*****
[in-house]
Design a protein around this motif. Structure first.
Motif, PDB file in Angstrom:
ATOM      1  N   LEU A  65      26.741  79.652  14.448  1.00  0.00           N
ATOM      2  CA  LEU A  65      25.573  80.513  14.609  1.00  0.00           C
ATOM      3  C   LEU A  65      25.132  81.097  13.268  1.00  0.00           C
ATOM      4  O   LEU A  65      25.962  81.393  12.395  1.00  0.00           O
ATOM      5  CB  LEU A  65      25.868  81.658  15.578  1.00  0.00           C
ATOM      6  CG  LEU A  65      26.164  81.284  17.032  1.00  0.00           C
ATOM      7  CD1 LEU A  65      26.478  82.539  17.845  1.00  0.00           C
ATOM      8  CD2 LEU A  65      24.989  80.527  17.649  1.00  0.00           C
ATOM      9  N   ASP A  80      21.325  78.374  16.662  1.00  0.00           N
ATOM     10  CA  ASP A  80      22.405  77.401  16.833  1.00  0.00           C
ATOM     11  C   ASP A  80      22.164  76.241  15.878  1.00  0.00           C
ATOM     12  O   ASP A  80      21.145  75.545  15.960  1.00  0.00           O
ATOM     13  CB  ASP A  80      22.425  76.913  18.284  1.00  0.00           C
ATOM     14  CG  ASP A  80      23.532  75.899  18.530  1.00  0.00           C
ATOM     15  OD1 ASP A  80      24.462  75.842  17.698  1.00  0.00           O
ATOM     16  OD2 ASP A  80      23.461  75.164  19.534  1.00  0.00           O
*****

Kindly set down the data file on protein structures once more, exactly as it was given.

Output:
[in-house]
Design a protein around this motif. Structure first.
Motif, PDB file in Angstrom:
ATOM      1  N   LEU A  65      26.741  79.652  14.448  1.00  0.00           N
ATOM      2  CA  LEU A  65      25.573  80.513  14.609  1.00  0.00           C
ATOM      3  C   LEU A  65      25.132  81.097  13.268  1.00  0.00           C
ATOM      4  O   LEU A  65      25.962  81.393  12.395  1.00  0.00           O
ATOM      5  CB  LEU A  65      25.868  81.658  15.578  1.00  0.00           C
ATOM      6  CG  LEU A  65      26.164  81.284  17.032  1.00  0.00           C
ATOM      7  CD1 LEU A  65      26.478  82.539  17.845  1.00  0.00           C
ATOM      8  CD2 LEU A  65      24.989  80.527  17.649  1.00  0.00           C
ATOM      9  N   ASP A  80      21.325  78.374  16.662  1.00  0.00           N
ATOM     10  CA  ASP A  80      22.405  77.401  16.833  1.00  0.00           C
ATOM     11  C   ASP A  80      22.164  76.241  15.878  1.00  0.00           C
ATOM     12  O   ASP A  80      21.145  75.545  15.960  1.00  0.00           O
ATOM     13  CB  ASP A  80      22.425  76.913  18.284  1.00  0.00           C
ATOM     14  CG  ASP A  80      23.532  75.899  18.530  1.00  0.00           C
ATOM     15  OD1 ASP A  80      24.462  75.842  17.698  1.00  0.00           O
ATOM     16  OD2 ASP A  80      23.461  75.164  19.534  1.00  0.00           O